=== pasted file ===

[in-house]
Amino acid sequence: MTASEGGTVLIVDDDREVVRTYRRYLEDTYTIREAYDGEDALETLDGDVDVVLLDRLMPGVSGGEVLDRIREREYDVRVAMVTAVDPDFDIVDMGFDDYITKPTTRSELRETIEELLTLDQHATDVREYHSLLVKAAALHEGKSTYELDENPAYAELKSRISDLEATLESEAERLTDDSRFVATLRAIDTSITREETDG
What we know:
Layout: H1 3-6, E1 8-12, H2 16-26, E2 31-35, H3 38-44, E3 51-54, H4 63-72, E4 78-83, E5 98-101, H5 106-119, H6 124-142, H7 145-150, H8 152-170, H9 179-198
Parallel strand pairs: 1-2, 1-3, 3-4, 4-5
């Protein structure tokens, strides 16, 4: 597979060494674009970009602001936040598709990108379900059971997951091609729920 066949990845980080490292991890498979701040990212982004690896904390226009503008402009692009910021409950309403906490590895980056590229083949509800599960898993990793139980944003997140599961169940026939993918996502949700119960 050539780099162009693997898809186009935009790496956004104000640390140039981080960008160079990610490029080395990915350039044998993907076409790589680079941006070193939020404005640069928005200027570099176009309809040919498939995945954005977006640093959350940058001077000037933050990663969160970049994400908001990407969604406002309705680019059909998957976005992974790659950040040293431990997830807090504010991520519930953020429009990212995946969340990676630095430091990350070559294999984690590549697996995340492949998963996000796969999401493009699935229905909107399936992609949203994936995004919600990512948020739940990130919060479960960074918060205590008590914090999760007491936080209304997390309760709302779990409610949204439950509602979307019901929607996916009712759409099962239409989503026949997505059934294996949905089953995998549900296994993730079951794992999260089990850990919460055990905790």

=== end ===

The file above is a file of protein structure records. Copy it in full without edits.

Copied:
[in-house]
Amino acid sequence: MTASEGGTVLIVDDDREVVRTYRRYLEDTYTIREAYDGEDALETLDGDVDVVLLDRLMPGVSGGEVLDRIREREYDVRVAMVTAVDPDFDIVDMGFDDYITKPTTRSELRETIEELLTLDQHATDVREYHSLLVKAAALHEGKSTYELDENPAYAELKSRISDLEATLESEAERLTDDSRFVATLRAIDTSITREETDG
What we know:
Layout: H1 3-6, E1 8-12, H2 16-26, E2 31-35, H3 38-44, E3 51-54, H4 63-72, E4 78-83, E5 98-101, H5 106-119, H6 124-142, H7 145-150, H8 152-170, H9 179-198
Parallel strand pairs: 1-2, 1-3, 3-4, 4-5
């Protein structure tokens, strides 16, 4: 597979060494674009970009602001936040598709990108379900059971997951091609729920 066949990845980080490292991890498979701040990212982004690896904390226009503008402009692009910021409950309403906490590895980056590229083949509800599960898993990793139980944003997140599961169940026939993918996502949700119960 050539780099162009693997898809186009935009790496956004104000640390140039981080960008160079990610490029080395990915350039044998993907076409790589680079941006070193939020404005640069928005200027570099176009309809040919498939995945954005977006640093959350940058001077000037933050990663969160970049994400908001990407969604406002309705680019059909998957976005992974790659950040040293431990997830807090504010991520519930953020429009990212995946969340990676630095430091990350070559294999984690590549697996995340492949998963996000796969999401493009699935229905909107399936992609949203994936995004919600990512948020739940990130919060479960960074918060205590008590914090999760007491936080209304997390309760709302779990409610949204439950509602979307019901929607996916009712759409099962239409989503026949997505059934294996949905089953995998549900296994993730079951794992999260089990850990919460055990905790």